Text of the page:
As this article was published, Brazil had 38,654 cases and 2,462 deaths, the highest number of cases in Latin America and 14th overall.
Similar to his Brazilian counterpart, Mexico’s left-wing, populist president Andres Manuel Lopez Obrador (AMLO) firstly disregarded the relevance of the pandemic. On televised videos, AMLO told Mexicans to continue on hugging and attending family reunions. He assured that the saints will protect the country from “the external enemy”. However, Hugo Lopez Gatell, Mexico’s pandemic czar emphasised the severity of the situation and recommended the population to stay inside.
Mexico’s economy is heavily dependent on oil exports, tourism and remittances received primarily from the United States. These three economic intakes will be severely damaged by the covid-19 economic crisis and the current disagreements among the OPEC+ countries. As for the economic measures taken by the president, AMLO approved more than 2 million small loans for small- and medium-sized businesses, and he promised to create 2 million jobs in a period of 9 months, a task considered to be in total contrast with reality given the lower amount of jobs created during his first year in office and the fact that this amount of jobs has never been created so rapidly in the history of the country. These poor economic measures were highly criticized by the private sector by affirming that the upcoming economic crisis will be more severe than the mid-90s Tequila Crisis, hence a stronger economic bailout is required.
Last year, Mexico’s economy shrank by 0.1%, this year, the IMF expects a 6.6% contraction. In Latin America, only Venezuela’s economy will shrink more.
Nicaragua’s response to the coronavirus can easily be described with one word: inaction. After 34 days of being completely vanished from the public scene, Daniel Ortega, the country’s president, remerged on April 15 to give a televised 30 min speech, where he failed to give a detailed action plan regarding the pandemic. Nicaraguans have long kept up with the Ortega-Murillo regime (second name taken from Nicaragua’s vice-president, and president’s wife, Rosario Murillo). During the past two years, amid student protests against social security cuts, the unconstitutionally elected government enforced military action upon protesters and ended up killing over 328 people, exhiling over 100 thousand people and imprisonating over 770 people for political felonies. This scenario left a scar in society that is coming to light during the pandemic.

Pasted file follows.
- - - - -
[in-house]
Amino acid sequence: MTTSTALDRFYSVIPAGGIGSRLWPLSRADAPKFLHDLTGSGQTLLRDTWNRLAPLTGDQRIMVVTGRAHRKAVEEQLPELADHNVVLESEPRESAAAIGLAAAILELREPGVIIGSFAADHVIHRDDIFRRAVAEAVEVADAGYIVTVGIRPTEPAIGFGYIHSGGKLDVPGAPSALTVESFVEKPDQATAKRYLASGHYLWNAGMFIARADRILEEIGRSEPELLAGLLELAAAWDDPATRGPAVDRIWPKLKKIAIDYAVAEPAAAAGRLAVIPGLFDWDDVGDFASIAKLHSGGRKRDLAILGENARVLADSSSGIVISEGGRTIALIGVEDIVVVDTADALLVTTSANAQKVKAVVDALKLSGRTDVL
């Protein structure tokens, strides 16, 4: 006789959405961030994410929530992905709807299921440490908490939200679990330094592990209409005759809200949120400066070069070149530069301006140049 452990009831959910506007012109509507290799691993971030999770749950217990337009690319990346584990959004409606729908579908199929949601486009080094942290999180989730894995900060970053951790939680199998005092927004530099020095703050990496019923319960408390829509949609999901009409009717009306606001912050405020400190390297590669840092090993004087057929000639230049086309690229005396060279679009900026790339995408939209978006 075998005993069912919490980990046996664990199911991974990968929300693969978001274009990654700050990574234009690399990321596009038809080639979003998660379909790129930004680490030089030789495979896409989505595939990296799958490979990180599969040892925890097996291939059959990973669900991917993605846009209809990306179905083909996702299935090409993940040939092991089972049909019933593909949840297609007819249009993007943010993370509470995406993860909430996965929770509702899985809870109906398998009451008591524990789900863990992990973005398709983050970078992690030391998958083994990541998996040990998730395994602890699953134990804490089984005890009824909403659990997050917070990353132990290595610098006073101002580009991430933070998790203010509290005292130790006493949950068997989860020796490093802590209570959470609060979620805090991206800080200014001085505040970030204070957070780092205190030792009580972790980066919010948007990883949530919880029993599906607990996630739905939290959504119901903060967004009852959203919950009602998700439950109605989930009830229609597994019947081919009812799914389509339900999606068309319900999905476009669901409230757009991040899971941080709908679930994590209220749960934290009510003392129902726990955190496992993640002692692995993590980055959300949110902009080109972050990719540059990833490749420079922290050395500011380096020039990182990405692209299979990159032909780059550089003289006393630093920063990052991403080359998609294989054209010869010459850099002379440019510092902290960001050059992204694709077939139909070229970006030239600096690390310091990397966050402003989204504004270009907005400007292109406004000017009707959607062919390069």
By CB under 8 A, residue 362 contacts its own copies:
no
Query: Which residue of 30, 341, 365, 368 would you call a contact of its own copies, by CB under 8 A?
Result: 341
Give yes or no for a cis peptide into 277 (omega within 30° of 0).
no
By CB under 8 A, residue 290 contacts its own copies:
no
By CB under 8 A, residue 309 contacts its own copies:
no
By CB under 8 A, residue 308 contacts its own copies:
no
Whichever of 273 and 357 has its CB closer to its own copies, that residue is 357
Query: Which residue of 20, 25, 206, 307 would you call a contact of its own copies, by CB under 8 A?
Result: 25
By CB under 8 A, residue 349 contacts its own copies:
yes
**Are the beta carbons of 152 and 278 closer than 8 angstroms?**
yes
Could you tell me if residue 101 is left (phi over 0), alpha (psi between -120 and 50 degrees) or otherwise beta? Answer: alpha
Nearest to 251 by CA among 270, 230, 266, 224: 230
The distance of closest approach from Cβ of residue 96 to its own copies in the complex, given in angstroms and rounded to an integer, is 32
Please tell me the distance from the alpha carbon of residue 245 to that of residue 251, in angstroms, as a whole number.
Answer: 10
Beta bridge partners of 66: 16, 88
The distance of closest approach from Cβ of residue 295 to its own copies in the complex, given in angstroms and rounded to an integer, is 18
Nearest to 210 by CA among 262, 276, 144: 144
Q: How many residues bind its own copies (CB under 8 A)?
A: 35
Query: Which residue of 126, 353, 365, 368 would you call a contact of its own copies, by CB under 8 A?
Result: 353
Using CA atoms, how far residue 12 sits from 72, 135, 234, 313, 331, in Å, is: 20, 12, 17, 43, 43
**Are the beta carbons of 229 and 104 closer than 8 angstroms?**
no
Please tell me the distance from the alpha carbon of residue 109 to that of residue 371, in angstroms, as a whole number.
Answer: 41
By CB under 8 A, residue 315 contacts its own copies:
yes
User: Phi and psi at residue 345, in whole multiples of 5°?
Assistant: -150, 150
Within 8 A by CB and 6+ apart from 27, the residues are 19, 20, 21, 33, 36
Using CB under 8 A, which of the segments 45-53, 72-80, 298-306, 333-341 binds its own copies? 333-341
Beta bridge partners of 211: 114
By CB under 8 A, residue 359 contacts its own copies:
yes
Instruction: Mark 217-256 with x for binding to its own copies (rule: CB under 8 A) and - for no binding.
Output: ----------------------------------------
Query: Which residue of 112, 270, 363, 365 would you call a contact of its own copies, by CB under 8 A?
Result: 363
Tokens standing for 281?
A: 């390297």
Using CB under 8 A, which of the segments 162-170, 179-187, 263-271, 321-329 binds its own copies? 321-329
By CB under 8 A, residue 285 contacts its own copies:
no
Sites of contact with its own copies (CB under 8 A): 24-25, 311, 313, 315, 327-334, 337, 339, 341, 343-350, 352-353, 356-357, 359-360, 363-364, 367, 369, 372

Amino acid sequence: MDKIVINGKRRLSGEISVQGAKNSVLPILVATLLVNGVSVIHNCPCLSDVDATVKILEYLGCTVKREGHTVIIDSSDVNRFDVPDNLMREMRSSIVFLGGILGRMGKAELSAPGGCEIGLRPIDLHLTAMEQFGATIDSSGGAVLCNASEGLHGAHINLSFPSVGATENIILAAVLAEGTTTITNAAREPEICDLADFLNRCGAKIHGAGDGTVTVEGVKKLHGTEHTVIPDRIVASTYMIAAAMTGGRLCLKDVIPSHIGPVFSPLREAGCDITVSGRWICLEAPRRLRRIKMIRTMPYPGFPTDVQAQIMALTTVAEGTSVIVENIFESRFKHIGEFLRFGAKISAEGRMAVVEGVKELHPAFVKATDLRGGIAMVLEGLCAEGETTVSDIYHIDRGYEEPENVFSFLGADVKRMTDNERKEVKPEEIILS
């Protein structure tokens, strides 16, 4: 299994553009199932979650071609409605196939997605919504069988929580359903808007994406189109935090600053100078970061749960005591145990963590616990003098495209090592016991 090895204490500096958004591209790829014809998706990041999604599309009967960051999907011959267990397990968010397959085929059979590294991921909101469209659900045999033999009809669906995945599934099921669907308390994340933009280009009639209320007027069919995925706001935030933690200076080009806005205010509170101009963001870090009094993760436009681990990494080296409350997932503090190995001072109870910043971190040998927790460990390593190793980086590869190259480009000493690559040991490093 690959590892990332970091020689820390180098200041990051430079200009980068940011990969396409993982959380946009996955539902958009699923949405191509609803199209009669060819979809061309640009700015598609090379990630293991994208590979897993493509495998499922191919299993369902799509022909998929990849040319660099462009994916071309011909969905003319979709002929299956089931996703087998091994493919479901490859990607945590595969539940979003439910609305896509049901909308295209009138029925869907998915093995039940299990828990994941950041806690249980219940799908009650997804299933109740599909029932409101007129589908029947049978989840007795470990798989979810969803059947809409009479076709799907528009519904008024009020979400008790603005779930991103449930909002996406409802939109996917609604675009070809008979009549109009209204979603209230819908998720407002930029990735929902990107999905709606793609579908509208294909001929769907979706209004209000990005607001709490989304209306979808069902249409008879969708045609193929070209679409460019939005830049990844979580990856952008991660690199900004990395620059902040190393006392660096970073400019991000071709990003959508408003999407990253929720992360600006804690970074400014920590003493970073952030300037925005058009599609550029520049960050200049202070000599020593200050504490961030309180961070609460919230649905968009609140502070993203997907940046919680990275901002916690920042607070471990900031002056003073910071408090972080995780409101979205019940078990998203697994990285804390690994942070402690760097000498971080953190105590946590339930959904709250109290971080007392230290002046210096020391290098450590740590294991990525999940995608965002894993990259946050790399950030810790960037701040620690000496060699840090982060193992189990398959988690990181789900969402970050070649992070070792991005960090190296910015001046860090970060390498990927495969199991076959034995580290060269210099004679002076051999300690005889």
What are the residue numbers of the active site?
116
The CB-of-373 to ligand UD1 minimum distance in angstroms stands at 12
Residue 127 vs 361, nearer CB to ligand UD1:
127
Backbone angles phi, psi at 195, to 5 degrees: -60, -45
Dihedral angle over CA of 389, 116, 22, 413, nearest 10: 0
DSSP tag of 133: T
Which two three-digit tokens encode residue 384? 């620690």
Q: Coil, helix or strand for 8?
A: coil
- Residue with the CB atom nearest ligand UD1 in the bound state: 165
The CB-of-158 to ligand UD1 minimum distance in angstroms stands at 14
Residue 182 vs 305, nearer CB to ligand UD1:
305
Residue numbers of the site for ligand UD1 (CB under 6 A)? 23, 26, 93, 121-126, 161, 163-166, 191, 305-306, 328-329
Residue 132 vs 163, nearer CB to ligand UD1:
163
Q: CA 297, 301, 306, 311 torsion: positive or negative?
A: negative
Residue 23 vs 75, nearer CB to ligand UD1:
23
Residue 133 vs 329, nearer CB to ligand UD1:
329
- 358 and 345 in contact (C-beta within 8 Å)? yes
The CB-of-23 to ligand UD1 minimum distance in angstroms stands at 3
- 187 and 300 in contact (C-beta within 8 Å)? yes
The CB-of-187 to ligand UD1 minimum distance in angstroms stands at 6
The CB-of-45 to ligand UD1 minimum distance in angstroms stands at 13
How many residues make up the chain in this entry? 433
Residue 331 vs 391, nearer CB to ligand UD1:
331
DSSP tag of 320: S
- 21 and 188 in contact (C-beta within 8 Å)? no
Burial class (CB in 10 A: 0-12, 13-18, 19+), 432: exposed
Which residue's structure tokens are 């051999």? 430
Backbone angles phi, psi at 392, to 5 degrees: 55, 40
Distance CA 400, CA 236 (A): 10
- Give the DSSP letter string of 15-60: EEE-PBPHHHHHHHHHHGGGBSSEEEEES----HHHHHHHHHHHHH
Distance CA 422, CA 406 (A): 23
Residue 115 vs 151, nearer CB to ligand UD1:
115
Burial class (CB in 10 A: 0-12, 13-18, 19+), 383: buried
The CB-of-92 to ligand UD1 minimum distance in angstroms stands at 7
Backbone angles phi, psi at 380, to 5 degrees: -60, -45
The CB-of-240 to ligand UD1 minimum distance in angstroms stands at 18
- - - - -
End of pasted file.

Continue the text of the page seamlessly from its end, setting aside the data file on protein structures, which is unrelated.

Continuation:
Today, Nicaragua still celebrates football and baseball leagues: two international outliers. The Nicaraguan government affirms there are only a few cases of coronavirus in the country. Meanwhile, its neighboring countries are reporting hundreds of confirmed cases.
Nicaragua’s private sector has promoted self-quarantine, but the federal government has repeatedly said that it is unnecessary. The country is just not ready to handle a pandemic, and the government has undermined the seriousness of the situation several times. Nicaragua lacks enough medical personnel. The government fired hundreds of doctors and nurses, as a punishment for aiding wounded protesters. Ortega also fired his finance minister on April 1st. Even the most remote actions taken by the government show their authoritarian side. For instance, in response to the covid-19crisis, the government released hundreds of prisoners as a humanitarian act; however, political prisoners were not allowed to leave.
On the Brightside
Latin America; however, also holds a few advantages against covid-19. First of all, the region acknowledged the threat far in anticipation. Multiple governments, such as Venezuela’s or Argentina’s seized this opportunity and began to take appropriate isolation and mitigation measures. Nicolas Maduro, the leader of the former country, imposed a severe lockdown in the population with less than 20 confirmed cases. Similarly, Argentina declared total quarantine with less than 4 covid-19-related deaths.
Even though some federal governments disregarded the importance of the crisis, most of the private sector, along with local governments, carried out measures well before the virus arrived. This anticipation, not enjoyed by either China or Europe, will be of significant help to flatten the coronavirus curve in Latin America.
It is well known that covid-19 is mostly fatal among the elderly. Fortunately for Latin America, the region has a relatively young population. The region’s average age is 31 years old, unlike for example Italy’s, the European country worst hit by covid-19, whose population median age is 44.
The weather also seems to play an important role for some scientists. Although it is yet not confirmed, warm weather may also slow the spread of the virus.
In contrast with Europe, Latin America is far more acquainted with recent epidemics. Diseases such as H1N1, Zika, among others, have prepared the region to manage this type of health crisis. For instance, the countries’ ports of entry are highly supplied with the appropriate equipment (e.g. laser thermometers, isolation rooms, laboratories, etc.). Public-, and private-sector protocols are also easier to enforce since they have been constantly rehearsed in the not-so-distant past.
Latin America is considered among the most vulnerable regions to receive a pandemic. Especially at a time where most countries are experiencing a decline in economic activity combined with a rise in populism. It is now time for politicians to leave the decision-making to experts instead of using international emergencies at their own advantage.